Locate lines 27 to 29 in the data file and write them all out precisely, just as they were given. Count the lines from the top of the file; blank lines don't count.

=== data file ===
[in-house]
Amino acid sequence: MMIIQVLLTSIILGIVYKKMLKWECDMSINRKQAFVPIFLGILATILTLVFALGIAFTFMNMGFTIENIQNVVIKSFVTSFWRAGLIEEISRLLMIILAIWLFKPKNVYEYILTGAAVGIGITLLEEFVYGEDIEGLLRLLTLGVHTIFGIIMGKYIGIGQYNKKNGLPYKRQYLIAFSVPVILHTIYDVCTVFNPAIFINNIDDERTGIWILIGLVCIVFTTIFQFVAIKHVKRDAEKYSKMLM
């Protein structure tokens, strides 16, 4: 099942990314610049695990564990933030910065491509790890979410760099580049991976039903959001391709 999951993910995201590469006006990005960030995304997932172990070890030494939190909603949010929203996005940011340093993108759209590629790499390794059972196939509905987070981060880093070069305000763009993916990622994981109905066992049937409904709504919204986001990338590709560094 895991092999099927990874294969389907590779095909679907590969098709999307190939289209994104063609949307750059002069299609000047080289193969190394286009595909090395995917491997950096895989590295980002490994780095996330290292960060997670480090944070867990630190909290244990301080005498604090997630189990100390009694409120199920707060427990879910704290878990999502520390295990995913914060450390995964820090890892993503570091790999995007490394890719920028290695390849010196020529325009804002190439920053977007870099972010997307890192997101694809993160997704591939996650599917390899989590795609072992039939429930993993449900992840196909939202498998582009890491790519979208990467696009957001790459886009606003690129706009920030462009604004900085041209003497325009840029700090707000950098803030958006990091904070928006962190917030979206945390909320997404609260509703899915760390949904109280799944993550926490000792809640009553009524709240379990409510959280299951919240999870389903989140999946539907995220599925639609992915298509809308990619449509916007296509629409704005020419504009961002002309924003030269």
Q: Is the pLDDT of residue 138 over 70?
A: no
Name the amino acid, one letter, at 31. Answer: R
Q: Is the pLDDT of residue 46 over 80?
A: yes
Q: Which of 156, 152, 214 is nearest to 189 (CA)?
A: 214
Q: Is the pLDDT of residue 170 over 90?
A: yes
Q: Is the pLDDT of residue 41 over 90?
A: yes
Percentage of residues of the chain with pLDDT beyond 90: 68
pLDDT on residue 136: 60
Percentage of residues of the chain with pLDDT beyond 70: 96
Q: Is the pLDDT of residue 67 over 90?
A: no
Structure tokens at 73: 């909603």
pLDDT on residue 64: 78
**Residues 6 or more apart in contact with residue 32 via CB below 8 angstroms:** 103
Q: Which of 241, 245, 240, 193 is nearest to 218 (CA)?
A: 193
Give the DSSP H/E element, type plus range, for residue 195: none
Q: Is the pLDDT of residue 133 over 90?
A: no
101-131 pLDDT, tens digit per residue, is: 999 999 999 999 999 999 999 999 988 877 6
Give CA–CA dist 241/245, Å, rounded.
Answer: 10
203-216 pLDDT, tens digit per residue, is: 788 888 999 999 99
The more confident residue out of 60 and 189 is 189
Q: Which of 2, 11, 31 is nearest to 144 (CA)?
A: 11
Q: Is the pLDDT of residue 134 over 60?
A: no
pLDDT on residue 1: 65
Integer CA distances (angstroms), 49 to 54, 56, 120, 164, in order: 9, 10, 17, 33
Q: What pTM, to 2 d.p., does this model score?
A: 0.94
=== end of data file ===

A: no
101-131 pLDDT, tens digit per residue, is: 999 999 999 999 999 999 999 999 988 877 6
Give CA–CA dist 241/245, Å, rounded.